|January 31, 2002
Volume 32 Number 9
|A publication for the faculty, staff, administrators, and friends of California State University, Chico|
Author of The Gender Knot and Privilege, Power, and Difference to Speak on Feb. 20
Allan Johnson, professor of sociology and women’s studies at the University of Hartford and the author of The Gender Knot: Unraveling Our Patriarchal Legacy and Privilege, Power, and Difference, will make two presentations at Chico State on Wednesday, Feb. 20. Sponsored by Building Bridges, Multicultural and Gender Studies, The Women’s Center, and the Department of Sociology, Johnson will present the findings of The Gender Knot from 9:00 to 11:30 am with time to consider how we incorporate gender issues into our General Education courses (as called for in GE) and in courses that focus on gender.
From 2:00 to 4:30 pm, he will address white privilege as an approach to multicultural studies, again with time to consider how we incorporate cultural diversity into courses designated as “ethnic” and other courses that focus on America’s diversity.
In The Gender Knot, Johnson states: “A lot of people hear ‘men’ whenever someone says ‘patriarchy,’ so that criticism of gender oppression is taken to mean that all men—each and every one of them—are oppressive people. Some of the time, men feel defensive because they identify with patriarchy and its values and don’t want to face the consequences these produce or the prospect of giving up male privilege. But defensiveness more often reflects a common confusion about the difference between patriarchy as a kind of society and the people who participate in it. If we are ever going to work toward real change, it’s a confusion we have to clear up.”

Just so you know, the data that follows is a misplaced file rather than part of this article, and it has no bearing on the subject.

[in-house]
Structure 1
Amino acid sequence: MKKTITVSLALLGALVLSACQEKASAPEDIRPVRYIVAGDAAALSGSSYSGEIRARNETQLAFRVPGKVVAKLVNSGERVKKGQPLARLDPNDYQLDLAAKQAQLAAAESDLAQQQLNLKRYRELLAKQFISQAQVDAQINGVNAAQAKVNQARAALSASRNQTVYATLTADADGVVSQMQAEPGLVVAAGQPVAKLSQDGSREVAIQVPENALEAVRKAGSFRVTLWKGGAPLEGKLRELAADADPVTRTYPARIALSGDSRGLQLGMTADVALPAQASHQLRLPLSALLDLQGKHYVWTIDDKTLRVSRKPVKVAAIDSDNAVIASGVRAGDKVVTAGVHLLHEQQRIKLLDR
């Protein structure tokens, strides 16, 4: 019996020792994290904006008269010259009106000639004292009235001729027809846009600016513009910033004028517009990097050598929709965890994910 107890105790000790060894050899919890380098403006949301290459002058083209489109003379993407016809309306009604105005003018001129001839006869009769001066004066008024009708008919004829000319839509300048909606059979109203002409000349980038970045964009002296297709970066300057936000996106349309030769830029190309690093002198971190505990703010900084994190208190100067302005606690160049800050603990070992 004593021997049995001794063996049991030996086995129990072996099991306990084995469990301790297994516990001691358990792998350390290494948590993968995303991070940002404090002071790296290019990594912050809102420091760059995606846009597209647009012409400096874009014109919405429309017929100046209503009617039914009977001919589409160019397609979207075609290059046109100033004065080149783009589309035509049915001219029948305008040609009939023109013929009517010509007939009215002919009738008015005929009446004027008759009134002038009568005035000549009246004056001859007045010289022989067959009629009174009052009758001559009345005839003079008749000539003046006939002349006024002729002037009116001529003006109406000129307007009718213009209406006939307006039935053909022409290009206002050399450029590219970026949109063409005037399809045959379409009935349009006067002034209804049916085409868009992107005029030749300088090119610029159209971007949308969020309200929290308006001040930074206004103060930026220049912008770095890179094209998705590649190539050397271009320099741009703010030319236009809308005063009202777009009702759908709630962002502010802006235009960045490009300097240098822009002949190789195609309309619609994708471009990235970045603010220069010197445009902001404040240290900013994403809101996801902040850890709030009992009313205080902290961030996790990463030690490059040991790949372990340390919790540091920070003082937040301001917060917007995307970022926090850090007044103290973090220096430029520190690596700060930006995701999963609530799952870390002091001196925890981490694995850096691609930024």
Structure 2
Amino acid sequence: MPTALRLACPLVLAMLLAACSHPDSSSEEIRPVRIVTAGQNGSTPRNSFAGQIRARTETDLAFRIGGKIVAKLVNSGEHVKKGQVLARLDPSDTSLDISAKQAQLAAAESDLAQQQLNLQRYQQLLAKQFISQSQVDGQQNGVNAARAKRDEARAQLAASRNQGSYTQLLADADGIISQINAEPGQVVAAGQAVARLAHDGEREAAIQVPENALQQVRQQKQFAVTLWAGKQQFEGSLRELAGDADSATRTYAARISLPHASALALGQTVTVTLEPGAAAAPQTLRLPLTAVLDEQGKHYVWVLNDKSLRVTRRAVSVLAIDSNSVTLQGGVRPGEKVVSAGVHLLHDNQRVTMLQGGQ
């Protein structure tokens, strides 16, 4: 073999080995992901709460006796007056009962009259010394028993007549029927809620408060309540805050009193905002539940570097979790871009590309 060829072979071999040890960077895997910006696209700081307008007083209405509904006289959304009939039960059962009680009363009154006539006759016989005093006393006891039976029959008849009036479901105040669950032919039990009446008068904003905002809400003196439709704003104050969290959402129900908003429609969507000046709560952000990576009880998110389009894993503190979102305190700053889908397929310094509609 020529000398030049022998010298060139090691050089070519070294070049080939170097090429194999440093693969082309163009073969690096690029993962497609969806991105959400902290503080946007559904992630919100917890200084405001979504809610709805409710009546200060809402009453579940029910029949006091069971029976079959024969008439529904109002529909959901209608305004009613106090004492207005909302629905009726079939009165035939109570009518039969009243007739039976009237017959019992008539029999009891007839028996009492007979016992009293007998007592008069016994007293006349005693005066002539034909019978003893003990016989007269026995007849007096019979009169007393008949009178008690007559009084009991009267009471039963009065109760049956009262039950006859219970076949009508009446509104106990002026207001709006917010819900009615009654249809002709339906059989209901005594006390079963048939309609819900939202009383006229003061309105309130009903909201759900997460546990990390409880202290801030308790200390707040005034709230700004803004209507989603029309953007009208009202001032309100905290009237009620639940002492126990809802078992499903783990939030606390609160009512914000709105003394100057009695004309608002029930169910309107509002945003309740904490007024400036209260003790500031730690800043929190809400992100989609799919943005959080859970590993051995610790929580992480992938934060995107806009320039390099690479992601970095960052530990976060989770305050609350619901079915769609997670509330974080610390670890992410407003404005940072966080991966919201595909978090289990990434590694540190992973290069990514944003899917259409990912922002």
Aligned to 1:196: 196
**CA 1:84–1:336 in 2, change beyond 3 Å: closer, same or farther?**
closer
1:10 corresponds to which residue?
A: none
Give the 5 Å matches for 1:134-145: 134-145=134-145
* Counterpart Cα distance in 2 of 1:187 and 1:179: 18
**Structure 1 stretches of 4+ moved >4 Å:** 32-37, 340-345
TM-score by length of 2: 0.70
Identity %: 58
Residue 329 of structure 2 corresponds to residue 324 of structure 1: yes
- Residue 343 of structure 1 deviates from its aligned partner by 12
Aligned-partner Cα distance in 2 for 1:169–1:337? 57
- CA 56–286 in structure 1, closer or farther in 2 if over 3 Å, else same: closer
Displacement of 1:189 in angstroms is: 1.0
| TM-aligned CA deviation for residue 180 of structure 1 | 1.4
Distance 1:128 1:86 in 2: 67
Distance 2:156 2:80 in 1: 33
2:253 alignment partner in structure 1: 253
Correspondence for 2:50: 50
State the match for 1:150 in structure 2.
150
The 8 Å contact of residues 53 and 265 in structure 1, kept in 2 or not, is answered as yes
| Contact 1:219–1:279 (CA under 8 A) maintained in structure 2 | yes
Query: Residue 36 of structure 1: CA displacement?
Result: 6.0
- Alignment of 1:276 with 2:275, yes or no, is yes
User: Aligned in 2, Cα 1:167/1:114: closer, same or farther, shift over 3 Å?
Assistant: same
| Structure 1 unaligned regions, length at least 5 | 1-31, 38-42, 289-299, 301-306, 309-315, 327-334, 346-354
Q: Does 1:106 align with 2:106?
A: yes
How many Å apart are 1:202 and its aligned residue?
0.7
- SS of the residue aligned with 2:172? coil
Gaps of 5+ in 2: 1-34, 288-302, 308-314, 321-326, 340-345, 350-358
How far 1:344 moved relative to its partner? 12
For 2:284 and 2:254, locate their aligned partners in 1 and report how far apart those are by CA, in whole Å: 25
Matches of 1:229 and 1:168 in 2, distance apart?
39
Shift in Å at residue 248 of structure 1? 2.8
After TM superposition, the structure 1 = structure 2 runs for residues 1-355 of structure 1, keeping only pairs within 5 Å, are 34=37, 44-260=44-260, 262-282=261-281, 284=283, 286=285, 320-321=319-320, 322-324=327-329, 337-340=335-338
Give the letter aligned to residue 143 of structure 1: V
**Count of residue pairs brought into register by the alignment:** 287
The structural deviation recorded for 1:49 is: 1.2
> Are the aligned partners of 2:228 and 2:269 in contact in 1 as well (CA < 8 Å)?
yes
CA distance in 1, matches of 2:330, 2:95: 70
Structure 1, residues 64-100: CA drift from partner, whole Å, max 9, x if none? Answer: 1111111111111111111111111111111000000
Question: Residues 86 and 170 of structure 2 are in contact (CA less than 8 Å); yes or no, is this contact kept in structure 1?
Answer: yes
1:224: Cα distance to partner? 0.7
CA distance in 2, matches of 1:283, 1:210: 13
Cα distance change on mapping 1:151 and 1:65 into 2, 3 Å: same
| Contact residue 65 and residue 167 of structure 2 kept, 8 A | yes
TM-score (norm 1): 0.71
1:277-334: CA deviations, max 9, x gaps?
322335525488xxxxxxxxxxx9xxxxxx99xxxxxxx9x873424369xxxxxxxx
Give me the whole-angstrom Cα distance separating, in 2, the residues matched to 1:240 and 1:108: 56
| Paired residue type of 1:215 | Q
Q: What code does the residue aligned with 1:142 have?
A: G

In Privilege, Power, and Difference, Johnson has this to say: “Individuals are the ones who experience privilege or the lack of it, but individuals aren’t what is actually privileged. Instead, privilege is defined in relation to a group or social category. In other words, race privilege is more about white people than about white people. I’m not race privileged because of who I am as a person. Whiteness is privileged in this society, and I have access to that privilege only when people identify me as being in the category ‘white.’
The workshops will be held in BMU 210 and are open to faculty, staff, and students. Johnson’s books are available in the Associated Students Bookstore. Additional material will be provided in preparation for the sessions for participants. Contact Carol Burr, x6763, for information.
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